Innovation From Outer Space! Exploring NASA's Mars Effect

When NASA's Curiosity rover landed on Mars, the world was watching. Here's a look at two companies that received an innovation bump from working on the rover.

When the Curiosity rover successfully landed on Mars, it was the culmination of years of fevered NASA planning. Curiosity was NASA's first large-scale public space exploration mission since the Space Shuttle program ended, and the SUV-sized rover's dramatic landing made headlines around the world. NASA, however, isn't a one-stop shop. Getting Curiosity to Mars and sending pictures back to Earth required extensive collaboration with hundreds of private firms. The extensive R&D programs required to get the Curiosity rover going spurred technical development around the world, creating benefits that will return to the consumer-goods market.

Curiosity's technological development included world-class power, software engineering, telecommunications, and aerospace technology. Innovations that researchers have worked on for years can also be leveraged for more earthbound use. Just think of it as the Mars Effect.

Siemens PLM, a division of the massive multinational dedicated to product lifecycle management software, helped develop many of the software tools used to develop Curiosity. NASA's Jet Propulsion Laboratory (JPL) used the company's software suite to simulate the Martian environment in stress tests over the past few years. "Almost 10 years ago, JPL engineers needed to meet rigid deadlines and needed a software suite. We put together a high-quality, almost unprecedented product for them," Siemens' Tim Nichols tells Fast Company.

The PLM software gave the space agency the CAD, computer aided manufacturing (CAM), and computer aided engineering (CAE) tools necessary to design Curiosity. Using the software suite, NASA was able to both design Curiosity's mechanical parts and to run it through extensive simulations of Martian conditions.

When Curiosity arrived on Mars, NASA turned to Amazon's cloud to transmit images to Earth. Scientists at JPL used Amazon Web Services (AWS) to store and capture images and metadata from the rover. By using cloud servers, the space agency was able to cope with the massive worldwide demand for images from Mars. In the course of a few weeks leading up to Curiosity's landing, Amazon and JPL collaborated on a massive cloud video streaming service that hooked directly into NASA's satellite feed.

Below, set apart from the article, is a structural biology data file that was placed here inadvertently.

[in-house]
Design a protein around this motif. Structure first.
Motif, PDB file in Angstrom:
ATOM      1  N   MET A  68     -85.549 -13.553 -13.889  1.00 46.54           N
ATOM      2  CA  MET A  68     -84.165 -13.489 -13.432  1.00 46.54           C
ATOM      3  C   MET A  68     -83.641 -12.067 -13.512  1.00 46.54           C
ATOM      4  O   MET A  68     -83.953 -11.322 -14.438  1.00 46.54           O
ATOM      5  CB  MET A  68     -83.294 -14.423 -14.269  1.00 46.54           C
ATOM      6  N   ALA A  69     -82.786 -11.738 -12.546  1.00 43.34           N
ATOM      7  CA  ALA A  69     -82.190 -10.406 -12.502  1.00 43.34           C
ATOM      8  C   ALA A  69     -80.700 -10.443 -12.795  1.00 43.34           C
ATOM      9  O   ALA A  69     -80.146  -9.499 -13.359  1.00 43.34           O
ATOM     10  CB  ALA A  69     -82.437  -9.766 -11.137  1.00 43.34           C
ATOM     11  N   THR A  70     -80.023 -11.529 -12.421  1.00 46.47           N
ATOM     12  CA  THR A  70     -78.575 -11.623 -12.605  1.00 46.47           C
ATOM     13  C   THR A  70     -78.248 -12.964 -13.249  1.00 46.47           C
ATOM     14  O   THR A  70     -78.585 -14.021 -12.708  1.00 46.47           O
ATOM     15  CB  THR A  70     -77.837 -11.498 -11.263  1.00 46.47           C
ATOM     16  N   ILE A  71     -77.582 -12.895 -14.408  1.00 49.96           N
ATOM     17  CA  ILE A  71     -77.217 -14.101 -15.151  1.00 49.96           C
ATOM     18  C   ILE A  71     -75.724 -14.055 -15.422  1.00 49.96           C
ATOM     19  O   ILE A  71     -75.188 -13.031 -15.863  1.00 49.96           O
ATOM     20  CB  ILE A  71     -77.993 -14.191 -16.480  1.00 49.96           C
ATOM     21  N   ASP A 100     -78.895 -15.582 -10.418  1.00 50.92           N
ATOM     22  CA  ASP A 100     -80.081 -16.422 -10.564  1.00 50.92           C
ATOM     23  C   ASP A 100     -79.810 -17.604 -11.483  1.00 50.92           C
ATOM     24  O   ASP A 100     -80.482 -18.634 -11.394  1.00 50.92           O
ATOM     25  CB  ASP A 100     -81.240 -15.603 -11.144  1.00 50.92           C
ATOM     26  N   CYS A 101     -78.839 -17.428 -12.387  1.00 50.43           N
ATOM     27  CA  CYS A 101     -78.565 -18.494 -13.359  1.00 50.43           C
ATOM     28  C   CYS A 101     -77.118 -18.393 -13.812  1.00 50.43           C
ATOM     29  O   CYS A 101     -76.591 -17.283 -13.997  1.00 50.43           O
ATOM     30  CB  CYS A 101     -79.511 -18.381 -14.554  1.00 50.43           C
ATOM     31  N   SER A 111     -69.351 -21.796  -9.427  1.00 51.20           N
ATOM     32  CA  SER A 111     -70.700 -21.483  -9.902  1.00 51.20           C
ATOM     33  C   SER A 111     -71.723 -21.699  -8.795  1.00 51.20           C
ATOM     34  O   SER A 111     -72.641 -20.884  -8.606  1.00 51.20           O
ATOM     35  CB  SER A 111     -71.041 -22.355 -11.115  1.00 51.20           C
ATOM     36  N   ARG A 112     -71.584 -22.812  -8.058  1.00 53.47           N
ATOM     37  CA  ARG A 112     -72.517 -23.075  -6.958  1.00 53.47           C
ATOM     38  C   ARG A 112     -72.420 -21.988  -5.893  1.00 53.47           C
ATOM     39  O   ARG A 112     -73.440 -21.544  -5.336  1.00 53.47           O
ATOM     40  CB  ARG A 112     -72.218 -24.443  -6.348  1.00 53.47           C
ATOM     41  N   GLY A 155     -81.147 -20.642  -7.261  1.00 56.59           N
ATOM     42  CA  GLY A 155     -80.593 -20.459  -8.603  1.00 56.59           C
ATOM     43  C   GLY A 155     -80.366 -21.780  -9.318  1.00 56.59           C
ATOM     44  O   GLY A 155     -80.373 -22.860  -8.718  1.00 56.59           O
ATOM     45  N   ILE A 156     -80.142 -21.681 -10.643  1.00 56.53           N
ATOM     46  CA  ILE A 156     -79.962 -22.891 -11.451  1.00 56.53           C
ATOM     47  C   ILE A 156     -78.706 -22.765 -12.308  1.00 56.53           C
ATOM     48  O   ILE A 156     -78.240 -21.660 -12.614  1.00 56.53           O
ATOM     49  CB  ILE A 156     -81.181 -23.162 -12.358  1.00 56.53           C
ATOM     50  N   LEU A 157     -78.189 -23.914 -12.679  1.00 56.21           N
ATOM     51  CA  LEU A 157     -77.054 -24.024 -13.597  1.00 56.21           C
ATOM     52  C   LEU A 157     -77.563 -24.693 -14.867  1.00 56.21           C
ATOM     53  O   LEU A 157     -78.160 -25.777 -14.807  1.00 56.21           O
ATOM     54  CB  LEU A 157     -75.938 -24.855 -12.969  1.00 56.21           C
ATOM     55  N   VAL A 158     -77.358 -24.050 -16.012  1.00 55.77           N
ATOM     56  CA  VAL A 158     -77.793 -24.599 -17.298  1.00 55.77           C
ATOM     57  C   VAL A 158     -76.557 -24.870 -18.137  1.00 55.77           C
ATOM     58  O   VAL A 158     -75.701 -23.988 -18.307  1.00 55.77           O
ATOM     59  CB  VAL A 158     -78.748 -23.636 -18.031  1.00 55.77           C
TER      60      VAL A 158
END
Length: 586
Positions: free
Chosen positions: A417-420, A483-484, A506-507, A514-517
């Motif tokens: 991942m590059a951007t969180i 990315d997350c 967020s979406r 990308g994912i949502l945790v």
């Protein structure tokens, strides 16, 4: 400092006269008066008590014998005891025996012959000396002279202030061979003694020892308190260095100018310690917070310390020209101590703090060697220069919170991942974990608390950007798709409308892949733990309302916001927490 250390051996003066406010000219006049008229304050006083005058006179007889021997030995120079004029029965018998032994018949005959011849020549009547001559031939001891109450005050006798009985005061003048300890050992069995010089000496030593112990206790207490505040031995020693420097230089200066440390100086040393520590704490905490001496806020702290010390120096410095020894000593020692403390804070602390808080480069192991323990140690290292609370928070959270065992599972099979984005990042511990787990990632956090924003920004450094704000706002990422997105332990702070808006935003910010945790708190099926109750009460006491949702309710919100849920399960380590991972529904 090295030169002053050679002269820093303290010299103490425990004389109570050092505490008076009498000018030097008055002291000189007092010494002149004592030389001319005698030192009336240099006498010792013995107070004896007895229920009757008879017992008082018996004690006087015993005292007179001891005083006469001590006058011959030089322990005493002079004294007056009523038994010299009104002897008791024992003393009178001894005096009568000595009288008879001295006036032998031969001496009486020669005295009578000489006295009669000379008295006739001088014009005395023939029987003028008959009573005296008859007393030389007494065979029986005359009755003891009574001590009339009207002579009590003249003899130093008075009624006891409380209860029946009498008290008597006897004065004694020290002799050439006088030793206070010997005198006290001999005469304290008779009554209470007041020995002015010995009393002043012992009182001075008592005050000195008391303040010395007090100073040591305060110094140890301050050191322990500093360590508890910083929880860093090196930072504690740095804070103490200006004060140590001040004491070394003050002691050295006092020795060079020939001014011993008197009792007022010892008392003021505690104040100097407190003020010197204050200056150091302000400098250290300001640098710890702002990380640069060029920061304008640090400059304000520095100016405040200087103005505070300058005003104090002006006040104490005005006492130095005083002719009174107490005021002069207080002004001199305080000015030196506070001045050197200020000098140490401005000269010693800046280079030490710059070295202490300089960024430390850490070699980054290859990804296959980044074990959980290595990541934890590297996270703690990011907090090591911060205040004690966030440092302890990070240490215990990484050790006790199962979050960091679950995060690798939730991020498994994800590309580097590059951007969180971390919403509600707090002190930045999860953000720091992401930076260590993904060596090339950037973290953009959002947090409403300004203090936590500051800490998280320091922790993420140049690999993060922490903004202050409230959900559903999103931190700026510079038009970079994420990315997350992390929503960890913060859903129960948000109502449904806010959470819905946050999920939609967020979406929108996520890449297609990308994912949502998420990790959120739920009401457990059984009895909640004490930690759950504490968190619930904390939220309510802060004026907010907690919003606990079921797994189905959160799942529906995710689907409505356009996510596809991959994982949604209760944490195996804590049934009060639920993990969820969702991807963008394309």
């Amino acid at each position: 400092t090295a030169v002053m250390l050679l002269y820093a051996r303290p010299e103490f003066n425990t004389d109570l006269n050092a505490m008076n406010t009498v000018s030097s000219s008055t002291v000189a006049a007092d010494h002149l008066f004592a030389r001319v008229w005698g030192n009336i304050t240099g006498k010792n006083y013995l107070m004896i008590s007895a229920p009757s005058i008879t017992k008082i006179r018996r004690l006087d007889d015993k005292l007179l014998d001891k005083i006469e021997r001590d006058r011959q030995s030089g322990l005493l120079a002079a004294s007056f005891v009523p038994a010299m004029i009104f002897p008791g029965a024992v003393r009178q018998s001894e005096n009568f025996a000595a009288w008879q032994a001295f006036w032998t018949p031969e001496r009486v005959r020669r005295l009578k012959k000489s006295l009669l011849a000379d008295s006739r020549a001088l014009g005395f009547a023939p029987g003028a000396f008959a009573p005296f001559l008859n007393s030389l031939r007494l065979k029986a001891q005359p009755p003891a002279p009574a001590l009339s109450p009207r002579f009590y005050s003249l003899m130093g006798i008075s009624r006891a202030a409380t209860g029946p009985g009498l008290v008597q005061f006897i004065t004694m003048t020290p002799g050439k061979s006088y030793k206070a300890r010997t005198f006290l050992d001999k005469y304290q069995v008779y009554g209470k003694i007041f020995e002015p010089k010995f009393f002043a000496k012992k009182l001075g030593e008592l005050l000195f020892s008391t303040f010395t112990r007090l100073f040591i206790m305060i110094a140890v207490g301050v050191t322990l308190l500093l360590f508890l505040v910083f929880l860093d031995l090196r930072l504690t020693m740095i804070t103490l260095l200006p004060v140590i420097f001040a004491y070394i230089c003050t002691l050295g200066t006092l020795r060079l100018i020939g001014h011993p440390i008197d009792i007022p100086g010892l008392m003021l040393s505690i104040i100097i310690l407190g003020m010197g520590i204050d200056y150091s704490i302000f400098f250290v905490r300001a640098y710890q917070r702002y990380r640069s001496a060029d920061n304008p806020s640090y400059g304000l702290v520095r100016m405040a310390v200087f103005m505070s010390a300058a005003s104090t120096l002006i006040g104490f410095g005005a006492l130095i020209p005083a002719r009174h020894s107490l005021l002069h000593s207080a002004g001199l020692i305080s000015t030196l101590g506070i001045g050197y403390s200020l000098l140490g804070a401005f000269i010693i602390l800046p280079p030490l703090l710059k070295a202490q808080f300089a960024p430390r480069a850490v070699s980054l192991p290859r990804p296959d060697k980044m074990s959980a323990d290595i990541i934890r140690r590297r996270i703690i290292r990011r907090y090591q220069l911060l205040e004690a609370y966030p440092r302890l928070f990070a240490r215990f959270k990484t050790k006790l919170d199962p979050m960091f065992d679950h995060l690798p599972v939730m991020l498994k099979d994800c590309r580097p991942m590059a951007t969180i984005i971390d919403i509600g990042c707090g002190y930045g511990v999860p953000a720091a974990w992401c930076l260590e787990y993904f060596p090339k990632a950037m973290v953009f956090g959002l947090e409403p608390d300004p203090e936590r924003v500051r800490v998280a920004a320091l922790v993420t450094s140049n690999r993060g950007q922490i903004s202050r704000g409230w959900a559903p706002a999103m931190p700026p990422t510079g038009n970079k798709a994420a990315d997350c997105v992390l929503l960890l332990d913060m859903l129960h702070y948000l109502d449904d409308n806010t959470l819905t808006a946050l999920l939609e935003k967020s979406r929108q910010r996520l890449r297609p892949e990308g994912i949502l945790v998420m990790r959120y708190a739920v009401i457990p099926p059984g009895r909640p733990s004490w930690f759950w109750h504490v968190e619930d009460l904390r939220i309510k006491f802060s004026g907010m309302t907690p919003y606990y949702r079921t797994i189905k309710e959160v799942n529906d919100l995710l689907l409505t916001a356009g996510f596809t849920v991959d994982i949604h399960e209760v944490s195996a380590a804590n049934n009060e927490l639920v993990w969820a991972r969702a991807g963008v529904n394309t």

According to Khawaja Shams, a software engineer at the JPL, the laboratory began using cloud services approximately four years ago. Amazon's solution offered the JPL a rapid way of getting video and pictures from Mars to millions of viewers on Earth. NASA procured extra equipment for the big burst in viewing as Curiosity landed on Mars and coordinated closely with Amazon to make sure they'd be able to get video to worldwide audiences. In order to get video off Curiosity, NASA used a variety of backend systems that performed admirably during the global news spectacle.

The JPL has an entire department, the Mars Science Laboratory, that is dedicated to working with the private sector to create innovative technology for Martian exploration. Large aerospace and defense firms such as Lockheed Martin and General Dynamics created parts for Curiosity, as did a host of smaller firms.

NASA already has another Martian mission planned. The InSight lander is scheduled to land in 2016 with high-tech seismic equipment to examine the planet's core. Lockheed Martin has won the contract to build the InSight Lander.

For more stories like this, follow @fastcompany on Twitter. Find Neal Ungerleider, the author of this article, on Twitter and Google+.

[Image: Flickr user NASA]

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